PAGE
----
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Bento 101: Organization

August 21, 2014

So you’ve settled on a bento box, picked out your cute accessories, and now… have to store them all somewhere.

I know the feeling.

For the better part of the year, I had all the little things crammed into a box, and my growing container collection hanging out wherever it wanted to. Some on my dishrack. Some in my corner cabinet. Some lids (omg, all the lids) playing hide-and-seek behind the flour jar.

Yesterday, I decided that if I wanted to survive this school year, I’d better get my act together. So this is what I came up with:

bento organization accessories

TOP LEFT:  plastic cutters in a Container Store accessory box
BOTTOM LEFT: silicone cups and plastic sauce cups, also in a Container Store accessory box
TOP RIGHT: assorted fondant and mini cutters (Duff and Wilton brands) in an old lock n lock bento container
MIDDLE RIGHT: more fondant cutters in an old bento container
BOTTOM RIGHT: picks, nori punches, mini sauce containers, lunchskins reusable snack bags, and lunchbox love notes  in an old lock n lock container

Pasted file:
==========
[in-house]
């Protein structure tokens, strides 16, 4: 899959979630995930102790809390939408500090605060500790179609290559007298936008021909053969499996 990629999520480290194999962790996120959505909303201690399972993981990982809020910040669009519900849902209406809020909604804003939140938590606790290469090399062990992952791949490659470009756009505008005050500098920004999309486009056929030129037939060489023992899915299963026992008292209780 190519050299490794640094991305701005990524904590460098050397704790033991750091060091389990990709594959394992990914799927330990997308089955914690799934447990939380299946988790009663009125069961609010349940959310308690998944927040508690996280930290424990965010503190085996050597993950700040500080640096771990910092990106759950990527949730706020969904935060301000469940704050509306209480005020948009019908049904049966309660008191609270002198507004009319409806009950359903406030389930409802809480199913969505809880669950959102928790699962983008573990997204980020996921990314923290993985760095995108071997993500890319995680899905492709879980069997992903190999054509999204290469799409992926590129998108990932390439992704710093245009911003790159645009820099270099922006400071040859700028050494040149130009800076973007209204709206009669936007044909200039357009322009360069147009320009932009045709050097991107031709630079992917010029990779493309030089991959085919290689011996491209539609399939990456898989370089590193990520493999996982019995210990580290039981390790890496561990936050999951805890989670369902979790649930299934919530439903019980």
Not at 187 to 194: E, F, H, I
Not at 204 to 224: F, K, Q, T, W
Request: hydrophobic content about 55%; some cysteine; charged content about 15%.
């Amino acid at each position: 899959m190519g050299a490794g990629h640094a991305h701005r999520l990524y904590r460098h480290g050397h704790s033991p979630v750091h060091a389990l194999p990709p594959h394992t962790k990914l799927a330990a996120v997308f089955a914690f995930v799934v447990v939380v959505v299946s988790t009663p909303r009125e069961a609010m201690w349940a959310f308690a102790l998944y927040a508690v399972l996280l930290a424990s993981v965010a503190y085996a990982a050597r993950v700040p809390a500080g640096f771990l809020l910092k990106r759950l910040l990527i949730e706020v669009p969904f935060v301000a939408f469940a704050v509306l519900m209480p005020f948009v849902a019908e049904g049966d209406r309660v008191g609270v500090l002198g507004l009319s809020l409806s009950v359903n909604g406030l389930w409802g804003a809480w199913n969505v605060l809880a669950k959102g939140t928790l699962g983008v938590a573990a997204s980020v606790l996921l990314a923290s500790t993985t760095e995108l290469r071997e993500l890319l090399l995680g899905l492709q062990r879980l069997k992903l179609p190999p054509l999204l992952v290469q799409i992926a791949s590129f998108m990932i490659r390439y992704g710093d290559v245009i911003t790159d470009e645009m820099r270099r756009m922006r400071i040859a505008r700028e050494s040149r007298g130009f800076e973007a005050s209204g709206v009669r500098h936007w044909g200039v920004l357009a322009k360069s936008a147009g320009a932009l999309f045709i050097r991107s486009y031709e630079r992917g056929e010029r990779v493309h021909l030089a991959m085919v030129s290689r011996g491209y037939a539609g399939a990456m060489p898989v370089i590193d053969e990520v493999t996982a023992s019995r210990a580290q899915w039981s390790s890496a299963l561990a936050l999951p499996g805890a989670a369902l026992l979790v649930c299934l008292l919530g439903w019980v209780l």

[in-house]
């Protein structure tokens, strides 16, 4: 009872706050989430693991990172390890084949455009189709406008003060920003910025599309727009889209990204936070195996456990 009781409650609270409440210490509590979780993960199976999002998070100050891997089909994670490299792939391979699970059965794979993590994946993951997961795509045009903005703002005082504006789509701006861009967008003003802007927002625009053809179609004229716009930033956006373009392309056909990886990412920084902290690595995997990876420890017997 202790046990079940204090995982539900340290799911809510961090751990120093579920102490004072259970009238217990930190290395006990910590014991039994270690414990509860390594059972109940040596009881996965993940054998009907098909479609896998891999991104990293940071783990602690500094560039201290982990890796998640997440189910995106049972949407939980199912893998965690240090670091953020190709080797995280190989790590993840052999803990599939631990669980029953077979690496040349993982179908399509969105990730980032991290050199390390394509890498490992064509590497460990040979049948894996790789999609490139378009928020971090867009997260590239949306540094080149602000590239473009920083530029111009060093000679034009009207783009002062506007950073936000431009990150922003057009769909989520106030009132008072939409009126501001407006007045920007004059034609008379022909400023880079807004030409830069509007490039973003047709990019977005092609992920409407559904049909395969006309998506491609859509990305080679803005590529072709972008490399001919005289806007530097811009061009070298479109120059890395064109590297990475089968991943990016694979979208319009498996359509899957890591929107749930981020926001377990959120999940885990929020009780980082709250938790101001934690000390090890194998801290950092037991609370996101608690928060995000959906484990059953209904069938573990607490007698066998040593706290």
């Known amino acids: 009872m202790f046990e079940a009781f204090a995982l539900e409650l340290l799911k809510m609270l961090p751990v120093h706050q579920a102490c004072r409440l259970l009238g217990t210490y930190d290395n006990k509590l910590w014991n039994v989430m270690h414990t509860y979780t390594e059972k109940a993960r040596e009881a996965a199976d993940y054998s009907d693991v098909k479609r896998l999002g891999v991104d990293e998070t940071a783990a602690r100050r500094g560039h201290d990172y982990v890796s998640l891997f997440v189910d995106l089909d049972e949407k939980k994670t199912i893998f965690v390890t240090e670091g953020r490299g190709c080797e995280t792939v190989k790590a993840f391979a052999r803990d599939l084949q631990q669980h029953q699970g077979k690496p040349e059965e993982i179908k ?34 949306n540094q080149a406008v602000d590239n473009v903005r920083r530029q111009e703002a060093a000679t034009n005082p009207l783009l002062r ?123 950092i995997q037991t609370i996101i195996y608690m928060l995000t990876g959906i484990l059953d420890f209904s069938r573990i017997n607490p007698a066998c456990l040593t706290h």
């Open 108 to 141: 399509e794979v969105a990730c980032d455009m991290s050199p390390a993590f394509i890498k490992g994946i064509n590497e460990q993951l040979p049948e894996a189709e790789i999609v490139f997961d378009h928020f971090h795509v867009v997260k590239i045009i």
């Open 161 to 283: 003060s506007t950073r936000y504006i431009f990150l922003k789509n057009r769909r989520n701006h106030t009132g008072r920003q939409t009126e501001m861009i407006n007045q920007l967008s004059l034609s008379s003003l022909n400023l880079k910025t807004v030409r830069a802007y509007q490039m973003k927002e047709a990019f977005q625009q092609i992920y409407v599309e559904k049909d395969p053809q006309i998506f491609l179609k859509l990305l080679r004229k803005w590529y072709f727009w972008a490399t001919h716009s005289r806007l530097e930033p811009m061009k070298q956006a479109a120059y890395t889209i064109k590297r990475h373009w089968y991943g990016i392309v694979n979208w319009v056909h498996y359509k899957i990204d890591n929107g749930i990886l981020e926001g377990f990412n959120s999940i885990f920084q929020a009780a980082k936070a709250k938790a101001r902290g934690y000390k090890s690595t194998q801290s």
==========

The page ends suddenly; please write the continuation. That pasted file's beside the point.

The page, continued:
Then came the task of putting the tools and all my containers within the same zip code. It took a bit of rearranging, but I think I’ve come up with a pretty sustainable solution:

bento organization cabinets

Now, listen: I have no organizational prowess whatsoever. There are reasons why I don’t post any pictures of my home here. So if I can do it, you surely can, too. It would be nice if I could group the plastics and stainless steels, but I’ll take it.

Here is the accessory box, at a very affordable $1.79:

The Container Store accessory box

And some other strong candidates I see after browsing The Container Store:

two-sided compartment box, (double the storage!) $1.99-$2.99, great for picks and small cutters:

Container Store Two Sided Compartment Box

 

large compartment boxes, $3.99-$4.99:

Container Store Large Compartment Boxes

 

Translucent Hobby Case, $16.99 (love that it’s an all-in-one. Might get these for the kids’ homework tools):

Container Store Hobby Case

Anything from the Smart Store system, since it’s totally customizable: The Container Store Smart Store System

I’m sure the dollar stores would have something similar, and Michael’s and Joann’s with their ubiquitous 40% off coupons are always a good bet. Whatever you decide, go with what works for you and your needs, and in the spirit of bento, clean and simple.

 

 

 

Get (more than) What You Pay For

Sometimes you get what you pay for. Sometimes, you get a lot more.

I was shopping at my local HMart getting my usual Korean food necessities, then ventured into the housewares section, which I already knew had a few bento boxes. I saw this two-box set sitting in a corner–Komax, a Korean brand–just waiting to go to a loving home. Who am I to refuse?

I love that:

  • they stack.
  • after stacked, they’re held together with an included band.
  • the top box has three sections AND a sectioned lid so everything stays put.
  • it’s the perfect size for school lunches.
  • it was only $4.99.

Five dollars.